Newly Digital

by john on June 2, 2003

Adam Kalsey has put together an anthology of early computing experiences from himself and 11 others called Newly Digital. Even better he’s asked the internet community to participate by sharing our own stories and linking back to his. And so it goes:

My first memories of computing date back to the mid 1970’s when I would tag along with my father to the University of Minnesota Computing Center to pick up or drop off his punch card batch jobs. For years we had reams and reams of source code listings and unused punch cards lying around the house as scrap paper. My parents still have a few long, rectangular punch card boxes in use for storage. We probably had a few hanging chads too, not that I ever knew what one was.

In 1978 when I was in sixth grade we got a teletype machine in a room off of our school library and it was on there that I first learned the rapid hunt and peck type of keyboarding I still use today. The machine was hooked up to MECC(Minnesota Educational Computing Consortium) and one of the games offered was Oregon Trail. To succeed at this game you needed to do one thing very well – type words like POW and BANG extremely fast lest you take a a stray arrow from a native out to stop your Sunday stroll. I had used a typewriter by then and a teletype was a typewriter that interacted with you. That was cool.

Between 1978 and 1981 I had periodic access to MECC through a terminal my dad would occasionally bring home from the University. If I remember correctly those terminals connected initially at 180 baud and then later at 300 baud. They had a coupler that you would plug the handset of the telephone into. Sometime around 1980 or 1981 I was introduced to a MUD(Multi User Dungeon) on MECC called Milieu. On any given night there might have been a couple dozen users online, mostly kids from Minnesota. It was fascinating at the time to be able to interact with others over a computer like that.

In early 1982 my dad brought home an IBM PC, the original model with two 160k floppy drives and the green monochrome screen. No hard drive, but it did have a 300 baud modem that we could hook up to MECC. That begin a steady stream of computing upgrades from getting a huge 10MB harddrive, to upgrading to the IBM XT, IBM AT, and I forget after that. That first harddrive is what I’ll remember the most. When you have been used to a 160k storage device 10MB is an incredible leap. It wasn’t the same as us getting upgraded from 80GB to 5000GB today because today we can envision how we could use that space. Back then we really couldn’t.

For the next couple of years I spent a lot of time on that PC from playing Milieu to teaching myself IBM Basic and then later Turbo Pascal.

Playing Milieu honed the hunt and peck typing I had learned playing Oregon Trail because, unlike today’s role playing games, it required constant user interaction (you had to continue pressing enter so as not to be disconnected), but most importantly you had to type out all of your attacks round by round. There weren’t any autogold functions to automatically loot a corpse; you had to type “get gold from corpse” faster than someone else or you lost it. There were plenty of players who wandered around stray battles typing just that in the hopes of picking something up on the sly.

At the end of 1982 the state of Minnesota shut down funding for MECC and in the summer of 1983 the original developer of Milieu, Alan Kleitz, and two investors, Bob Alberti Sr. and Bob Alberti Jr. founded a company called GamBit Systems and ran a version of Milieu called “The Sceptre of Goth”. GamBit was a for-pay service and for the hundreds (thousands?) of kids who had been used to getting it for free it was a fairly traumatic experience. I tried it for awhile but at $2.25/hour to play it just wasn’t worth it to me and I eventually went off to other things. Sadly Bob Alberti Sr. (Albatross) died of brain cancer in December of 2002. [UPDATE – Bob Alberti Jr. ran into to this article and corrected my memory – he was Albatross and his dad was Typo]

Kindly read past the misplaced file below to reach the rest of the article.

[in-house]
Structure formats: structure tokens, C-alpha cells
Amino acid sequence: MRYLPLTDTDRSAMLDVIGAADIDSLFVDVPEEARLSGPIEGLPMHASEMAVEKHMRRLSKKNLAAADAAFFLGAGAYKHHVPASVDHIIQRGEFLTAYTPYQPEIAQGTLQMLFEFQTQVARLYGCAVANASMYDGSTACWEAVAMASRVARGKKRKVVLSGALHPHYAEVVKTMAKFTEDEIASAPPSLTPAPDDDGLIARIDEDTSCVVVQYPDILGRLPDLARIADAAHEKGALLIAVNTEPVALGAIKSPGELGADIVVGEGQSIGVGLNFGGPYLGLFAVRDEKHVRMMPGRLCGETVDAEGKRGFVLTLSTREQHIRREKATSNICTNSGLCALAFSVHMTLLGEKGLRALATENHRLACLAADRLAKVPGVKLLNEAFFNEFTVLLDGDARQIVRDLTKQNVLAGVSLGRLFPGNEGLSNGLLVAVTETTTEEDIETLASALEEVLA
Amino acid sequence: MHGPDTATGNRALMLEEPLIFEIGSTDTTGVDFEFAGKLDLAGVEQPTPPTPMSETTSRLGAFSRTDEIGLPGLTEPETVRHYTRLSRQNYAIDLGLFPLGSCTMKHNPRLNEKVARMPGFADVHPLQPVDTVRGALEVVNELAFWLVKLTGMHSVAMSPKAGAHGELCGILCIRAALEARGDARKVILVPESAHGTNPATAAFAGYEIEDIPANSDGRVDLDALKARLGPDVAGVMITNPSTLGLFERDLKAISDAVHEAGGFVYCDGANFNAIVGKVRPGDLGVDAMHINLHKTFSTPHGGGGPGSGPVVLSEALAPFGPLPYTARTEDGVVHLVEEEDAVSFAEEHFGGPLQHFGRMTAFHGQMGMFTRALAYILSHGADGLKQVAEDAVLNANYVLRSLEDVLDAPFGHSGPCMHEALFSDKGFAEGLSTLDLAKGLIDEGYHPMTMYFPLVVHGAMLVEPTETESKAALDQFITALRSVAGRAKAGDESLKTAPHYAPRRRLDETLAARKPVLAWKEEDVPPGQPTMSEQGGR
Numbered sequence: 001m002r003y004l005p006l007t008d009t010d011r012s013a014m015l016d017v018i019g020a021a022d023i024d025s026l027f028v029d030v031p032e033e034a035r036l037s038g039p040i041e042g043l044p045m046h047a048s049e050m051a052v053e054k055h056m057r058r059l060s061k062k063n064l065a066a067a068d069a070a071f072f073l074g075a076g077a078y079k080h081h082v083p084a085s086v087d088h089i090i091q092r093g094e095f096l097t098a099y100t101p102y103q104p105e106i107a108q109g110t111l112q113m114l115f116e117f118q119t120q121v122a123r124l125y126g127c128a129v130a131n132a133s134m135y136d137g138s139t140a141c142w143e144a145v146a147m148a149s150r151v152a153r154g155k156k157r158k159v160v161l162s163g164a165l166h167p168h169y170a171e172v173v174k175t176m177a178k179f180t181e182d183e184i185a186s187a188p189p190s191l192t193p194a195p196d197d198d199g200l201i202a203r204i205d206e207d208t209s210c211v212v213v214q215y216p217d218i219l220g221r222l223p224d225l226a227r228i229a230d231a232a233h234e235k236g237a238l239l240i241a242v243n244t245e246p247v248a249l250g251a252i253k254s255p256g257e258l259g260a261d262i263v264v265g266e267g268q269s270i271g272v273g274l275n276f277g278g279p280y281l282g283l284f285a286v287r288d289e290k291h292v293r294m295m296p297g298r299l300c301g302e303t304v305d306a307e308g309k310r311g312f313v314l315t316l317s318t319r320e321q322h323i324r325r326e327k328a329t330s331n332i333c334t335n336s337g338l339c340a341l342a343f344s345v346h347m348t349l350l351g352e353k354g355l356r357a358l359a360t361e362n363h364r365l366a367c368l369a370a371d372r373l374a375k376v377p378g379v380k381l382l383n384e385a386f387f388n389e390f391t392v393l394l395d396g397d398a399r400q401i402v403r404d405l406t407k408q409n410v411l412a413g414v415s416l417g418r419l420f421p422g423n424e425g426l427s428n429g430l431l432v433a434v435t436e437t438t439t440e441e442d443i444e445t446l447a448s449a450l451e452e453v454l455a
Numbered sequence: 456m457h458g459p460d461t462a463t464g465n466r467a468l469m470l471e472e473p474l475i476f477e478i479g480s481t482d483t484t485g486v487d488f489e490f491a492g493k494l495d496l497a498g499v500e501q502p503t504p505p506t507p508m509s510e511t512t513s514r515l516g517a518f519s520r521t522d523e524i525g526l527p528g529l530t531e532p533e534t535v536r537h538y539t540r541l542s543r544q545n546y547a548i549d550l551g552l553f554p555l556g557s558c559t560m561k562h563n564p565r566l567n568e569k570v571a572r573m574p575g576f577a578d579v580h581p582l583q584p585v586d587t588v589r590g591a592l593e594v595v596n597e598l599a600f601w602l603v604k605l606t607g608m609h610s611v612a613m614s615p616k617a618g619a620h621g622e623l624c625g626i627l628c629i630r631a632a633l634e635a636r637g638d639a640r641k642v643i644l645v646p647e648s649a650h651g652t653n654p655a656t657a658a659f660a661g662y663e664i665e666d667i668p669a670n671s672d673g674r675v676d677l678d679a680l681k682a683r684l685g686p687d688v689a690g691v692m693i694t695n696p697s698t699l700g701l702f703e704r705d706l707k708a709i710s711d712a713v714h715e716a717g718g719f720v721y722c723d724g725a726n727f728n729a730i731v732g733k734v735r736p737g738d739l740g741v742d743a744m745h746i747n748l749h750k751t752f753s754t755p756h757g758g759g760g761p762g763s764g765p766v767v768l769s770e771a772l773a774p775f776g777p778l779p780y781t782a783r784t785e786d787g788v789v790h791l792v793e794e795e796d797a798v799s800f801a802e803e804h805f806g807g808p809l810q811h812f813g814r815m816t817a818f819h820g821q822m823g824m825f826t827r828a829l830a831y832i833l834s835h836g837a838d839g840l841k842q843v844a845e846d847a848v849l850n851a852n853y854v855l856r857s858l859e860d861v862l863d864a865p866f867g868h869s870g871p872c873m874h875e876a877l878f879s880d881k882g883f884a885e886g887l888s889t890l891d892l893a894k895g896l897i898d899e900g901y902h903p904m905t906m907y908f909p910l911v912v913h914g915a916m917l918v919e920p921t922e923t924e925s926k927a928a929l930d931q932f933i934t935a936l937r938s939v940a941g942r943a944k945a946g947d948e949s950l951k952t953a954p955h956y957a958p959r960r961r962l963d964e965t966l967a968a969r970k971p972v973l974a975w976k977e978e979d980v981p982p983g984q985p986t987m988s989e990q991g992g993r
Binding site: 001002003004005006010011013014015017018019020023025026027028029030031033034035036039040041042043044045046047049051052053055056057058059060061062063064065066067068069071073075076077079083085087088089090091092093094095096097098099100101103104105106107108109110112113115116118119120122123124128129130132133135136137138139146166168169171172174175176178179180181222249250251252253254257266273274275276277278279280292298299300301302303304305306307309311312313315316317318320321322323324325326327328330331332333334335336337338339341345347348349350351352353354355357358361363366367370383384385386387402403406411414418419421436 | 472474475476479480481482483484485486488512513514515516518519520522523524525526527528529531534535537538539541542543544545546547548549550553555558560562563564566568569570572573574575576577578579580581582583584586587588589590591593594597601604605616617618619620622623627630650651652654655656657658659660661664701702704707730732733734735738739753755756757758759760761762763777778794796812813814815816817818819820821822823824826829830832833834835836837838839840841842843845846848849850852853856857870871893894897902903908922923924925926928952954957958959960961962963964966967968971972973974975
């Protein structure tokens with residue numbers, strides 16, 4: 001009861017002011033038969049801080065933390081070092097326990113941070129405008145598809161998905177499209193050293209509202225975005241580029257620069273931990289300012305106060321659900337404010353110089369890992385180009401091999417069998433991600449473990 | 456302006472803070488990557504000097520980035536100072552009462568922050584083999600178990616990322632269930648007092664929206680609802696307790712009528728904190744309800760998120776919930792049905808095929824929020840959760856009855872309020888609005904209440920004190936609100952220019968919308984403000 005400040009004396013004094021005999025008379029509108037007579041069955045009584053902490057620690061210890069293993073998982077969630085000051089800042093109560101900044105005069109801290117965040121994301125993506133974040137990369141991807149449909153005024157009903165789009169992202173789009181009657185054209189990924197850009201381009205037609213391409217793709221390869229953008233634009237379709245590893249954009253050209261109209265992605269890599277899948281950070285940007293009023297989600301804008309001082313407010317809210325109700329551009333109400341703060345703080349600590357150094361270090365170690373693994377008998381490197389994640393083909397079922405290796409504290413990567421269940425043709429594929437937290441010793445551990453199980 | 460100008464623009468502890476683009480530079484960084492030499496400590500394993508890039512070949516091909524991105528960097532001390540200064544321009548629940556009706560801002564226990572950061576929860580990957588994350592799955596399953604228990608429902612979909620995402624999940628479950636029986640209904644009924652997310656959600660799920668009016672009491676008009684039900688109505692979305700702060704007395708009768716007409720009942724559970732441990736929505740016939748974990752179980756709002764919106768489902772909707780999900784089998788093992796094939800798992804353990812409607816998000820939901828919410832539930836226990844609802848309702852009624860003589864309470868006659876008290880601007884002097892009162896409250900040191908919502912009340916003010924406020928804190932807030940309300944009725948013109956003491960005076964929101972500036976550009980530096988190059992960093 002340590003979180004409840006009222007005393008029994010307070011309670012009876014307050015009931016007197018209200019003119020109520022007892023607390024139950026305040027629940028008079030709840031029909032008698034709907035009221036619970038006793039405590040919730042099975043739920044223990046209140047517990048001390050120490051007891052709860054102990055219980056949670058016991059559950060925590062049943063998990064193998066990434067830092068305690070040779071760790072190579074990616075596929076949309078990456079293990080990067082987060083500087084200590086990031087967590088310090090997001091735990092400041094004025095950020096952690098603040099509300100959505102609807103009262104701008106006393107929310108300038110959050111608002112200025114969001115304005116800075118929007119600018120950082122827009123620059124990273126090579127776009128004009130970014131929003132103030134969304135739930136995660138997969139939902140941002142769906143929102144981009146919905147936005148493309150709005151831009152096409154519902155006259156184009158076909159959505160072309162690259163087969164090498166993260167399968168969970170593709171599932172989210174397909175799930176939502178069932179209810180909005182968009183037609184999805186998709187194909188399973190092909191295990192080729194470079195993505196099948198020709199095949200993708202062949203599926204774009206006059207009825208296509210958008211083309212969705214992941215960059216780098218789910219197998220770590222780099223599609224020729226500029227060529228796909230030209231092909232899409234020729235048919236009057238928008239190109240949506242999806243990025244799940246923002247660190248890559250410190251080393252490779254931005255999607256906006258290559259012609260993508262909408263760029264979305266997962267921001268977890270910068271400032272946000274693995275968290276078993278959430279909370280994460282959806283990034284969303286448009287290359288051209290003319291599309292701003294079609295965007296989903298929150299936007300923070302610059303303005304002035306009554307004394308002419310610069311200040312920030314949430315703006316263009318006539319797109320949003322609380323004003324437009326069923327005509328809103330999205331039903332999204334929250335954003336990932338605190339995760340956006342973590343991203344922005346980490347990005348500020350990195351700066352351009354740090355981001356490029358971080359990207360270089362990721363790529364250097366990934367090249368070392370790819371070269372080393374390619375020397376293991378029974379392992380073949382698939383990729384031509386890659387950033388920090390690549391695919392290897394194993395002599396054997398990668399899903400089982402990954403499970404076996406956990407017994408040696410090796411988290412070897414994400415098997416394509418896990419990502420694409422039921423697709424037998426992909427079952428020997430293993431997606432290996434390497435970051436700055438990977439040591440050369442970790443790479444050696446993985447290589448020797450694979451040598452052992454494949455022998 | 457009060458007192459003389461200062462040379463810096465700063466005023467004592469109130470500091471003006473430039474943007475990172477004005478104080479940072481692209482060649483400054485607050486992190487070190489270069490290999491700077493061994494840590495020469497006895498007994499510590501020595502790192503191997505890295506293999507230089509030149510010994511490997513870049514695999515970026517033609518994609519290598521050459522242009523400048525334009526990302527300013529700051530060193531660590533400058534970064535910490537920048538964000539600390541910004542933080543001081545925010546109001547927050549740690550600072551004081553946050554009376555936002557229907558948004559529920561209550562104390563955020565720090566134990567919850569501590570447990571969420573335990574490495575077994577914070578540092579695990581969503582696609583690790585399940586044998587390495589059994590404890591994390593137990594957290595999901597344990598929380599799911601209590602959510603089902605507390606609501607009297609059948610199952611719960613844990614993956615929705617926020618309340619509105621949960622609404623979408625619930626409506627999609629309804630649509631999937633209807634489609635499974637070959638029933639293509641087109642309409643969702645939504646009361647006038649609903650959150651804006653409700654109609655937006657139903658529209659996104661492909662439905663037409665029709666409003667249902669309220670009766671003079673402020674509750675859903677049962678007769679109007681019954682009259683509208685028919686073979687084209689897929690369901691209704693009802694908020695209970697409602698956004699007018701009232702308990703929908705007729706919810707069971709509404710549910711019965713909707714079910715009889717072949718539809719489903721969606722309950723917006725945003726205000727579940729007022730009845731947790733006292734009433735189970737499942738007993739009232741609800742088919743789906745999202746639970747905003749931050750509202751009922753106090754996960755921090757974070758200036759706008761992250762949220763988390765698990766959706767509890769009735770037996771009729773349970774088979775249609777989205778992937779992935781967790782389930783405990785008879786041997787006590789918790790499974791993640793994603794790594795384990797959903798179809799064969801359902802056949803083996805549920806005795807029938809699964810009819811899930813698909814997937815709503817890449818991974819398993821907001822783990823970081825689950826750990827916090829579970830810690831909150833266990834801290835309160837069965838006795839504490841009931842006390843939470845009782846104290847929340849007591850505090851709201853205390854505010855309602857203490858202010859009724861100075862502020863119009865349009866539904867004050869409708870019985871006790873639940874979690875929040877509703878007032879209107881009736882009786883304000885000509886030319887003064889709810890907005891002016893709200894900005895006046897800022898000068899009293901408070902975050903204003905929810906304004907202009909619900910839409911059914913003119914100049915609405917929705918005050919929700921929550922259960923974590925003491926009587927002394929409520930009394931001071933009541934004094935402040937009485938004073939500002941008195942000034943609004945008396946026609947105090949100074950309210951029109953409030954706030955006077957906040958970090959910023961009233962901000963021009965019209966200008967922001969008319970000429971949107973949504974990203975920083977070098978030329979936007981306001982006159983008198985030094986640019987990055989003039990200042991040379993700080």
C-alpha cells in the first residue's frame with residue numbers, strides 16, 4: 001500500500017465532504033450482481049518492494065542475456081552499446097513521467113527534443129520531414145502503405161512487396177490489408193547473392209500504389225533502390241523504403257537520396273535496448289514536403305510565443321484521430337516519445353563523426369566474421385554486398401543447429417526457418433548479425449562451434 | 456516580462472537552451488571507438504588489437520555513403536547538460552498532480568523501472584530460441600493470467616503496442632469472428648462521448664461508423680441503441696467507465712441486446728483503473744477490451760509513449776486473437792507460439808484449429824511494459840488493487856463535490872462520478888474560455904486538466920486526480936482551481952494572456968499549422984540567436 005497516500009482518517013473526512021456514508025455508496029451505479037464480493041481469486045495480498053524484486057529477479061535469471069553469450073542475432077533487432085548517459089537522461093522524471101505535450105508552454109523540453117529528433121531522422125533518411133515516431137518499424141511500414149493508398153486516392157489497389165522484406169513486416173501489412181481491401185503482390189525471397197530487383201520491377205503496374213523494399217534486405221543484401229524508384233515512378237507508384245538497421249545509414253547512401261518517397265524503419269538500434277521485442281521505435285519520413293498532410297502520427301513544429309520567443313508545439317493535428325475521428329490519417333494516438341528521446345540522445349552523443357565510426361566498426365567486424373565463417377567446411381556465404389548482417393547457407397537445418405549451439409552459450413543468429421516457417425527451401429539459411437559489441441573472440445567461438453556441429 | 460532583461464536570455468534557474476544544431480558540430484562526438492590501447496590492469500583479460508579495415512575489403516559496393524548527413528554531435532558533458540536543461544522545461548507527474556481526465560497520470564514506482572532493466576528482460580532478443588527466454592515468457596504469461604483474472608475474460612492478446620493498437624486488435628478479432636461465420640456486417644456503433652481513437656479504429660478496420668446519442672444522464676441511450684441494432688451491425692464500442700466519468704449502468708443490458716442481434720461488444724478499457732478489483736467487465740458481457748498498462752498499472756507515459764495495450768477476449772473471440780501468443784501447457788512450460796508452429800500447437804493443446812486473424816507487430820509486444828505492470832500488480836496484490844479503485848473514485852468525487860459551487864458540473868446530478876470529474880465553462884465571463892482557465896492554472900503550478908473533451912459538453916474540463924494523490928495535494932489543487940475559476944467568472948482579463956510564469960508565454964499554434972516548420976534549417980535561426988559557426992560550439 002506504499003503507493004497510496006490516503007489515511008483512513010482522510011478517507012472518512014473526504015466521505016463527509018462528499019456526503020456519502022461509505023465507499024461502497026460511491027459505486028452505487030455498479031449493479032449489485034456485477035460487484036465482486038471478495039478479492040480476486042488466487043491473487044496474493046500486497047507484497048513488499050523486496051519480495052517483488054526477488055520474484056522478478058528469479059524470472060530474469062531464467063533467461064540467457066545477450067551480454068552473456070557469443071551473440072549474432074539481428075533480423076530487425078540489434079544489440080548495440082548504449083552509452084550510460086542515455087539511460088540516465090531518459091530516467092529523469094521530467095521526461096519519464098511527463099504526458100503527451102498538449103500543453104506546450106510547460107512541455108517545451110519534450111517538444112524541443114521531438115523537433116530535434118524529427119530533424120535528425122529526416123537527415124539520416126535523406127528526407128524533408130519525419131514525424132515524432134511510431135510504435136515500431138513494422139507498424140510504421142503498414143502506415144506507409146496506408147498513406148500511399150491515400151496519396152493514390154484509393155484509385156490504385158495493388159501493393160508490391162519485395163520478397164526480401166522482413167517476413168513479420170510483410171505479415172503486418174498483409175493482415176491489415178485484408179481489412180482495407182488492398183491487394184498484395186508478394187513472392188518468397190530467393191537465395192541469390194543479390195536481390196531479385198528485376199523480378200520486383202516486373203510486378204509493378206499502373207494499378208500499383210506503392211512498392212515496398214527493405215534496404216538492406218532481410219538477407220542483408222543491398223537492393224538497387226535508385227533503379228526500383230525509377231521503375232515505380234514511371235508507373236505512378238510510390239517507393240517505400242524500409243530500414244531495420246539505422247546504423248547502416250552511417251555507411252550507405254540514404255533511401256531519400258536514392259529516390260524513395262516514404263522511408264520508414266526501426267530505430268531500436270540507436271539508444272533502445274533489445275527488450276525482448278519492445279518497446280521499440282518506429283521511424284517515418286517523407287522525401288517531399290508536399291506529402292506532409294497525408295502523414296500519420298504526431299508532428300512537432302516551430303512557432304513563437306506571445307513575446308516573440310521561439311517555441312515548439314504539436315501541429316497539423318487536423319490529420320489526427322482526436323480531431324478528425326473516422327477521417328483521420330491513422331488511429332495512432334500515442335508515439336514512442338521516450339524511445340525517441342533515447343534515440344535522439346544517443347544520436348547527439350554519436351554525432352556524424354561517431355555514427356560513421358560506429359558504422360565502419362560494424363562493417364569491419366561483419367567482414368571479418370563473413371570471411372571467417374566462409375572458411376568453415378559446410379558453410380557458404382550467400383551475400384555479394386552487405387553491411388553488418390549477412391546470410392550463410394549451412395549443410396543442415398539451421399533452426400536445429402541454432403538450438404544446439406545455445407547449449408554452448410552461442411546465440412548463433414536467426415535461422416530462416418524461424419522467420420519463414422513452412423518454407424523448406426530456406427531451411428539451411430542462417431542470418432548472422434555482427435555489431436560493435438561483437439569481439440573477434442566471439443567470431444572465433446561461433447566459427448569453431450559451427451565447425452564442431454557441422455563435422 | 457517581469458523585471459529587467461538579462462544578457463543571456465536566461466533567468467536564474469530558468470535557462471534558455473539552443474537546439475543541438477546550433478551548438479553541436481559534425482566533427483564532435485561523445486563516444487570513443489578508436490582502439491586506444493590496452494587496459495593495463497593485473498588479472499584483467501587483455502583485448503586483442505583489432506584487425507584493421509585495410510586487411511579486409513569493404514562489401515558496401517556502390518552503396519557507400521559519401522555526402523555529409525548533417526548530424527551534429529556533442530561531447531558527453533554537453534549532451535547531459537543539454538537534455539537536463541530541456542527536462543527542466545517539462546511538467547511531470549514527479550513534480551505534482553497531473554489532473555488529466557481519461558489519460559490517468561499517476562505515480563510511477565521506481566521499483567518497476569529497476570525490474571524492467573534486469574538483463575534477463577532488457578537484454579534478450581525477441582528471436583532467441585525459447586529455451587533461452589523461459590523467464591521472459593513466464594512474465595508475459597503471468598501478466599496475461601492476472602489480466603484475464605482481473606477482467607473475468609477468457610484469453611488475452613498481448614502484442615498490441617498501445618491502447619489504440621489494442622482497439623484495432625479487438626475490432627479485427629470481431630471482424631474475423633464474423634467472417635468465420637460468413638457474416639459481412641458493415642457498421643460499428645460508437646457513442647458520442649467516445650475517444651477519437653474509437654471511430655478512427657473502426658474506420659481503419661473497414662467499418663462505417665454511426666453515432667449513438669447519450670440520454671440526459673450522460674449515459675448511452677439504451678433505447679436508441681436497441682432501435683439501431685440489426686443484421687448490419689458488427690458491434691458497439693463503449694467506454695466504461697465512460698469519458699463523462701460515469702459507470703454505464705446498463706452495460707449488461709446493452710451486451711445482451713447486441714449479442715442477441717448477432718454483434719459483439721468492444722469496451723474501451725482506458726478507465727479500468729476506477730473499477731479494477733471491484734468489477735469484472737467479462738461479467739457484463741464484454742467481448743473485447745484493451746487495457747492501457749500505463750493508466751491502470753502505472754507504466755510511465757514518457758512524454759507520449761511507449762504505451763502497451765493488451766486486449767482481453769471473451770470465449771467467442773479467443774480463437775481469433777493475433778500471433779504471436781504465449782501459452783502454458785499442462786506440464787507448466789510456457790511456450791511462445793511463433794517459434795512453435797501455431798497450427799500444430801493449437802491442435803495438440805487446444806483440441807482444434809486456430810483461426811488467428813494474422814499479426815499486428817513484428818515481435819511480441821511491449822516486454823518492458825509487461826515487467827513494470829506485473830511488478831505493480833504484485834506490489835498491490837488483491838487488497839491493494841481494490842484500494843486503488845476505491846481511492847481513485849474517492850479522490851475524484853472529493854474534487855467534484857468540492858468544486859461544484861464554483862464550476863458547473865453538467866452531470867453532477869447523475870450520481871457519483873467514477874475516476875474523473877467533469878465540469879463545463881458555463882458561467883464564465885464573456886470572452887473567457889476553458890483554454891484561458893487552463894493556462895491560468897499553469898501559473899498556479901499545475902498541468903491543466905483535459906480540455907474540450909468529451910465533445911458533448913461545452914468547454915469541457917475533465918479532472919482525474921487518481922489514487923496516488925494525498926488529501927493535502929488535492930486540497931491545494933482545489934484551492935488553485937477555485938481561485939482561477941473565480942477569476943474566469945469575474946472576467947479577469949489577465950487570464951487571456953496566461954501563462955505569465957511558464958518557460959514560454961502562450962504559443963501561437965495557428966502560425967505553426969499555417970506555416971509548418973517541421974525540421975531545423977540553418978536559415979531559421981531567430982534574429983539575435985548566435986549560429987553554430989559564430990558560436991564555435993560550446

Like many other users of the original IBM PC my first programming experience was with IBM Basic. I took the ugly green manual and built programs incorporating every function in the book until I could write programs that did some fairly interesting things. The first function listed I believe was ABS(Absolute Value) and that program was pretty boring. By the time I played with PEEK and POKE things got more interesting, especially when we upgraded to the color graphics card.

I spent much of 1982-1983 discovering the miracle of open computing systems, from the local bank and the electronic sign outside the airport to slightly more secure facilities such as Universities amd Military institutions. Back then security was often as simple as using an unpublished phone number. That all stopped with the 1983 release of WarGames which introduced the public to the magic of “War Dialers” that allowed any kid with a PC and a modem to find those open doors to your system. Alas things really tightened down after that and within a few years my illicit hacking days were done. I was a bit of a nortorious local hacker using the nom de plum of Jack Flash and at one time actually was invited to appear on a radio talk show to talk about my illiit acts. Alas I drove over to the studios on a Saturday morning only to be silenced by the station’s lawyers who decided it might not be a good idea to let me talk. So I sat in the studio and listened but did not participate. Darned if I can remember the show or the hosts or even what was discussed. I’m thinking this may have been in 1984. I have no reason to believe the makers of the 1986 film Jumping Jack Flash had any idea who I was, as certainly evidenced by their casting Whoopi Goldberg as me.